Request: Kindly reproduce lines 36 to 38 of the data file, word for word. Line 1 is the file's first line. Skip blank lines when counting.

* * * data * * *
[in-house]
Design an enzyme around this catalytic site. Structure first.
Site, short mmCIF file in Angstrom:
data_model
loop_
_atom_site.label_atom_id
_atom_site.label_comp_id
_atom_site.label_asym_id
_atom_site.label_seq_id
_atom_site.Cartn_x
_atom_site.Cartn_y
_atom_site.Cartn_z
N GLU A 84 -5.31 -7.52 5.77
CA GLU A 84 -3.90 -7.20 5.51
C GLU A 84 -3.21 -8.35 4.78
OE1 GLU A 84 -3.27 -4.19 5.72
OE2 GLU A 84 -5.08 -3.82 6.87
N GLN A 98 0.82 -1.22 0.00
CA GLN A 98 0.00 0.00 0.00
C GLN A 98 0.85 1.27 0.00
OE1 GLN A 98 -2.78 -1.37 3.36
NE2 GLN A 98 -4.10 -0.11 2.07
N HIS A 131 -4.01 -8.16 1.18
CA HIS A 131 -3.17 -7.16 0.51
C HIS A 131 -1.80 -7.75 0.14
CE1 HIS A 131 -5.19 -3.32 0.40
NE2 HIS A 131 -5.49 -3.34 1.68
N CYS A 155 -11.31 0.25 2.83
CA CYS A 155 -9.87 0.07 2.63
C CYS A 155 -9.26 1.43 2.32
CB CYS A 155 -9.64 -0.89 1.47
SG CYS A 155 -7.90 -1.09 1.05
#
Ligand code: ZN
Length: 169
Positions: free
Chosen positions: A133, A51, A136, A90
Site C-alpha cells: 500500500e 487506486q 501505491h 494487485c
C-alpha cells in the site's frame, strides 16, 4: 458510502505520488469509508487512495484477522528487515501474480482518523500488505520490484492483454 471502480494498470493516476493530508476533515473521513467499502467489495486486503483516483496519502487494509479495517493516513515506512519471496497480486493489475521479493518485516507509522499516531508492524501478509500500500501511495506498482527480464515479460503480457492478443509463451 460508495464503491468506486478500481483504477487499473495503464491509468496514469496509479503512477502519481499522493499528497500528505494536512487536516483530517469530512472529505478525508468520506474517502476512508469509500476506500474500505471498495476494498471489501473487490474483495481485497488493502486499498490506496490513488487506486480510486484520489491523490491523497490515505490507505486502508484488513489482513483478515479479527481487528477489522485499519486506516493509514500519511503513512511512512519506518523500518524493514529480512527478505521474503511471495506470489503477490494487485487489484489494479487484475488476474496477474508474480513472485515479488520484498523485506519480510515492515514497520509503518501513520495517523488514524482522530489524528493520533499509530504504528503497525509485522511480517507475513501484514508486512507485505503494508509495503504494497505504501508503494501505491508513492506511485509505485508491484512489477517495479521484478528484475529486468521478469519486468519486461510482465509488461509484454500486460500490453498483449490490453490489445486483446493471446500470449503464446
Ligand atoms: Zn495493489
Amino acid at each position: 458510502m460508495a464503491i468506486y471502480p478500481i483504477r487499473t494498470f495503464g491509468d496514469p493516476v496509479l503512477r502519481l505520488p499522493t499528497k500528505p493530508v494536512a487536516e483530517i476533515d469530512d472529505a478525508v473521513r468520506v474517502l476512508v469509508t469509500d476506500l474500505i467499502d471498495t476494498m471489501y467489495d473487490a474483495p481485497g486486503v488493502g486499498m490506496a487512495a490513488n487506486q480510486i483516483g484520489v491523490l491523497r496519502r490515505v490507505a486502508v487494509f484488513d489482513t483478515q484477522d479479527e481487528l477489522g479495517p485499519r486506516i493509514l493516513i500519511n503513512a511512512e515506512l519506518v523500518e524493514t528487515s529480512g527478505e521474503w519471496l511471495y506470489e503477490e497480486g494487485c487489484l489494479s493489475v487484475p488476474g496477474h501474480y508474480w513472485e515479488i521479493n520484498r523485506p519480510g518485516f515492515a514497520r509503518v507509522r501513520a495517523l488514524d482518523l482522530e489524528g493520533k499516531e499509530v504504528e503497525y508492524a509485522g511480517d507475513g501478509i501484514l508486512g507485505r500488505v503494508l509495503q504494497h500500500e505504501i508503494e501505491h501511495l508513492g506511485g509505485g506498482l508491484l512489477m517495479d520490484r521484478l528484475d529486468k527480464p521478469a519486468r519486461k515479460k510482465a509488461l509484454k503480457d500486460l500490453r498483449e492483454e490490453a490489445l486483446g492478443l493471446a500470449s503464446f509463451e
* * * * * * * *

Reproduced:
Positions: free
Chosen positions: A133, A51, A136, A90
Site C-alpha cells: 500500500e 487506486q 501505491h 494487485c